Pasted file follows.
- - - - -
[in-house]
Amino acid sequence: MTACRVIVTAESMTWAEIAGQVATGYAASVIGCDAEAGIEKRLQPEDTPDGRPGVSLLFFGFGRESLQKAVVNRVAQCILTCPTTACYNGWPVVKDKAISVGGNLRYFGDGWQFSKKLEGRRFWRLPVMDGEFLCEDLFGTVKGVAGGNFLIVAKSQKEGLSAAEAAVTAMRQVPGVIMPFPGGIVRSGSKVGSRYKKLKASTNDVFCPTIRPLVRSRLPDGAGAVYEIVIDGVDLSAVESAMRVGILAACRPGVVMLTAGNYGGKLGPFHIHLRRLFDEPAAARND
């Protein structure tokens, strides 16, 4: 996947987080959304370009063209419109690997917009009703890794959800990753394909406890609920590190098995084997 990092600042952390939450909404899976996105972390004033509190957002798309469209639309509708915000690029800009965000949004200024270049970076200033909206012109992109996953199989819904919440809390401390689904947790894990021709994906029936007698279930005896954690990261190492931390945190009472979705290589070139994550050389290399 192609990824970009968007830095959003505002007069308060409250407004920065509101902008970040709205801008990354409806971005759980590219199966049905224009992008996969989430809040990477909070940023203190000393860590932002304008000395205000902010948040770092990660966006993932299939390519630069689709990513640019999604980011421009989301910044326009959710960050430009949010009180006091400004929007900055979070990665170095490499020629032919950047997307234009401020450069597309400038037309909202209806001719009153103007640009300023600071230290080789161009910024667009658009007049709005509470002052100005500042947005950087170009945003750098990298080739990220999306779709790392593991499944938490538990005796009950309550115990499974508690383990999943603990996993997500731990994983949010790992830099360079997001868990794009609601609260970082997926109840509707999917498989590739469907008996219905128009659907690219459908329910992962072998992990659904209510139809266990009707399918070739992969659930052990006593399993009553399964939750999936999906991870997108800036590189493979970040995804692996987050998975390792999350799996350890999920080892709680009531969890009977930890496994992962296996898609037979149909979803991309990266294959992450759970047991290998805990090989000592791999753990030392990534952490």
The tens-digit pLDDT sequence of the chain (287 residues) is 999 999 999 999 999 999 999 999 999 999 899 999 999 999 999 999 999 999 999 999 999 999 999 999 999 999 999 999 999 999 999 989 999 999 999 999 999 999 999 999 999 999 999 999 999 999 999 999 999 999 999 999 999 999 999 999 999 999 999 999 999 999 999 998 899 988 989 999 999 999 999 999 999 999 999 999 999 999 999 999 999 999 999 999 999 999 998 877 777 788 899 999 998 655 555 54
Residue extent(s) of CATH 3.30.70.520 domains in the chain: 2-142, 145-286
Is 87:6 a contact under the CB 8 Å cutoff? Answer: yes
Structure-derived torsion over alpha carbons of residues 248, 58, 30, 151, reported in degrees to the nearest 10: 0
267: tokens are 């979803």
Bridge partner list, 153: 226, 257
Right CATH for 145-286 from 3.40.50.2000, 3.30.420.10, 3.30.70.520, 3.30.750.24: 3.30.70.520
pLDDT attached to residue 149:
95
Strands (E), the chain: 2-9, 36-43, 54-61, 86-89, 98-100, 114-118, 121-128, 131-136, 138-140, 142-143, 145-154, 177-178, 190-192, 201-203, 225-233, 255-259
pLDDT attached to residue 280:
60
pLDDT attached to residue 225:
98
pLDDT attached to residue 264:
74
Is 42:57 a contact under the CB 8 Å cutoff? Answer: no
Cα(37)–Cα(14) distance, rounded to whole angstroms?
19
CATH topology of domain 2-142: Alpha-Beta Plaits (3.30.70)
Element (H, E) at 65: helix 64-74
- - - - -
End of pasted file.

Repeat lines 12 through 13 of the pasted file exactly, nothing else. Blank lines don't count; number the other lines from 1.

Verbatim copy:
95
Strands (E), the chain: 2-9, 36-43, 54-61, 86-89, 98-100, 114-118, 121-128, 131-136, 138-140, 142-143, 145-154, 177-178, 190-192, 201-203, 225-233, 255-259